Menstrual Hygiene: Do’s and Don’ts During Menstruation

Menstrual Hygiene

Menstruation is a normal physiological process. Women menstruate every month for longest time in their lives, but still talking about menstruation is wrongly regarded as a taboo. There are numerous unrelated beliefs and myths related to menstruation which hamper proper health and hygiene maintenance at time of menstruation. In retrospect, taboos have inflicted indignities to many girls and women and having said this, lack of proper sanitation, water, privacy has also urged girls to stop going to schools also. Even if adequate washing facilities, sanitation, menstrual sanitary pads are available, still hygiene management remains a challenge due to lack of access to information as to how to manage menstrual hygiene. So, here we discuss basic dos and don’ts of menstrual hygiene management.

Poor Menstrual Hygiene Consequences

  • Increased Risk of infection (including sexually transmitted infection) is higher than normal during menstruation (Urinary tract infections UTIs/RTIs) are bacterial infections
  • Yeast infections such as Thrush (Candidiasis)
  • Using unclean cloth instead of sanitary pad leads to the growth of unwanted bacteria that could lead to infection

Social, educational and economic impacts of menstrual hygiene:

  • Dignity – It is crucial for girls and women to feel empowered to engage in regular daily work without much discomfort. and other daily activities and not hide away or have limitations in their movements due to menstruation.
  • Education – Lack of menstrual hygiene services often leads to girls missing school.
  • Loss of Economic Opportunity – Due to monthly illness women lose out on economic opportunity.

What hygiene practices should be followed during menstruation?

  • Change napkins regularly: It is common practice to change pad only when it is fully soaked. It’s wrong!! Pad should be changed at least every 6 hours. Even when the flow is lighter on 4th or 5th day, still pad should be changed 6 -8 hourly.
  • Remember to take change of napkins whenever going out: Always carry extra sanitary pads when you move out of house. Long hours with same pad can cause infection.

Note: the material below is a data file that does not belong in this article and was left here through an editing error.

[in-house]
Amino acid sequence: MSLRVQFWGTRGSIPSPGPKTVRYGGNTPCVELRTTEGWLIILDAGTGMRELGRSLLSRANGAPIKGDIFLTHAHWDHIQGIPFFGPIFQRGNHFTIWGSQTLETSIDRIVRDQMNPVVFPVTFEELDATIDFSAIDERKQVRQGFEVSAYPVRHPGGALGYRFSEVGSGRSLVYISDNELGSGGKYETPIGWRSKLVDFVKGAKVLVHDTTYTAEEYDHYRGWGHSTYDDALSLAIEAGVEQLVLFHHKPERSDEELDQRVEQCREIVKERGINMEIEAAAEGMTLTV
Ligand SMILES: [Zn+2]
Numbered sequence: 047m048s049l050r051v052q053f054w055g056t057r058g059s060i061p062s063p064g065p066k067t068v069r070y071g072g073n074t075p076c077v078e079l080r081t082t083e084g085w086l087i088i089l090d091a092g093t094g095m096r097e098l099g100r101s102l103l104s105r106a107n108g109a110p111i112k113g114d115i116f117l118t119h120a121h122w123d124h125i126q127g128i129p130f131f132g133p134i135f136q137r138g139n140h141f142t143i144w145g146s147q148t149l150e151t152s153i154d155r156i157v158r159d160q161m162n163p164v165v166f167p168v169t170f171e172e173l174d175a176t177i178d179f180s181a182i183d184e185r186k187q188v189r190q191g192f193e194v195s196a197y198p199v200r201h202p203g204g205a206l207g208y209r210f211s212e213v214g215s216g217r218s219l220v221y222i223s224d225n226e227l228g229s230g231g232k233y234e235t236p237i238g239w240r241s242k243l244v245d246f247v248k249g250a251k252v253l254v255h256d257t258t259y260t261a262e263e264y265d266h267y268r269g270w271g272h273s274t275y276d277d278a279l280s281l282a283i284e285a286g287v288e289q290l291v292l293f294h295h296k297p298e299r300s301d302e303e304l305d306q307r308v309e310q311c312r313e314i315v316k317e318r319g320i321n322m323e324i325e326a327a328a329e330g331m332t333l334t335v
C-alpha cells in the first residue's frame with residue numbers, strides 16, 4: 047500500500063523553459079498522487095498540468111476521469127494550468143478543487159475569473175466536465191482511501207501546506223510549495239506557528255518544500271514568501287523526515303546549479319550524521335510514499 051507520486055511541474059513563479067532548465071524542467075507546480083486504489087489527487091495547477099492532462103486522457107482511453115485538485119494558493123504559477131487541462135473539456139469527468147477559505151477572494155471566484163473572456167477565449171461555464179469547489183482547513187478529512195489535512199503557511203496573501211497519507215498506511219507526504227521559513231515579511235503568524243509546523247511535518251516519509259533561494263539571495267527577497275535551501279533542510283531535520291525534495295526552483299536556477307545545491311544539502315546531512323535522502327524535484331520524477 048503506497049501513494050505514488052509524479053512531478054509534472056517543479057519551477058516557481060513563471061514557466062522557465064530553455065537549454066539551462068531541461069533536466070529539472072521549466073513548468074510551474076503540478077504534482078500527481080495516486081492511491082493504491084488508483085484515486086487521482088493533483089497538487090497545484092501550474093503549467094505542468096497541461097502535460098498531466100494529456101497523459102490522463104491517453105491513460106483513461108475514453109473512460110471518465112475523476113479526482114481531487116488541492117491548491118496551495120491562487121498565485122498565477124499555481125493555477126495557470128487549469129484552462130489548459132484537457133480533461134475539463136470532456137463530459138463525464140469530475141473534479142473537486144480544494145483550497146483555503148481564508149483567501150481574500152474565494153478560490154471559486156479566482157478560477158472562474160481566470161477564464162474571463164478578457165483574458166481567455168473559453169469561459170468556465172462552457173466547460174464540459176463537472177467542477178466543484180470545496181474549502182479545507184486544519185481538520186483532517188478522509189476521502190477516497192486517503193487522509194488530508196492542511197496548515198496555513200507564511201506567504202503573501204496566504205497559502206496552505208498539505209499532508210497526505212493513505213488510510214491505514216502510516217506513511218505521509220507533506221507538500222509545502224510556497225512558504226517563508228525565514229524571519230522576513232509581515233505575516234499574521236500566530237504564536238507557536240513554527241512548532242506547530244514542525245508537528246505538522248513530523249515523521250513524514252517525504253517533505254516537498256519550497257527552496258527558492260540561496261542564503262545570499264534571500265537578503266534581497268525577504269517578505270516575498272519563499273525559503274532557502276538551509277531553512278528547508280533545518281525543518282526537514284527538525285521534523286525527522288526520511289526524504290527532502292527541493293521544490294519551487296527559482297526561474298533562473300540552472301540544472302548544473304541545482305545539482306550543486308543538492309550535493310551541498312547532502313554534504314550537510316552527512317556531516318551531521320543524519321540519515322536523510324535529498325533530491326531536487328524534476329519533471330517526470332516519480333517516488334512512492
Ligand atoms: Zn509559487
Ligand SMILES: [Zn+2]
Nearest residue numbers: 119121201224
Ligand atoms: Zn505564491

• Wash the genital area after each use of the toilet, also after urination: Use warm water to clean your vulva. It’s been proven that vaginas are self-cleaning so, do not apply soap. However, feminine hygiene products can be of help.
  • Direction of wash : Remember also to make sure that the water flows from the vagina towards the anal areas and not vice-versa to avoid urinary tract infections.
  • Keep the area between the legs dry otherwise soreness and chaffing may develop
  • One should take bath everyday during menses.
  • One can easily exercise, walk or do any regular activity.

How to dispose napkins?

  • Napkins should not be thrown into the toilets particularly the water closet.
  • It is better to keep a dust bin in the corner of the toilet. Keep old newspapers/waste paper ready to wrap the sanitary pad. Drop it in the bin. You can dispose the contents of the bin after your cycle bleed is over or daily.
  • In case there is no disposal mechanism prevalent in your locality, see about disposing it within your backyard itself either by sanitary pit (burial) or incineration (burning).

Some myths!! Don’t worry!!

In some cultures, women and girls are told to abide by some customs which have no scientific logic like

  • During their menstrual cycle they should not bathe (or they will become infertile)
  • Touch a cow (or it will become infertile)
  • Look in a mirror (or it will lose its brightness)
  • Touch a plant (or it will die)

When to visit a doctor?…

  • Dysmenorrhoea – If menstruation is painful that is severe enough to limit normal activity or requires medication.
  • Menorrhagia– Excessive (>5-6 tsp. per day) uterine bleeding Prolonged (>7days) regular
  • If any discharge that is colored, has strong odor, or itches call a doctor…

Menstruation is way towards womanhood. Menstruation should never bog you down from taking up challenges.  Your hygiene is in your hands. So, be wise and maintain menstrual hygiene.

I am a doctor and a public health specialist from Delhi. I have expertise in Obstetrics & Gynecology, child health and vaccinations. Formerly I worked with WHO’s immunization program in rural India as a technical consultant. I believe that accurate and relevant health information is the key to positive behavioral change subsequently leading to good health. I am an ardent traveler and a passionate writer.

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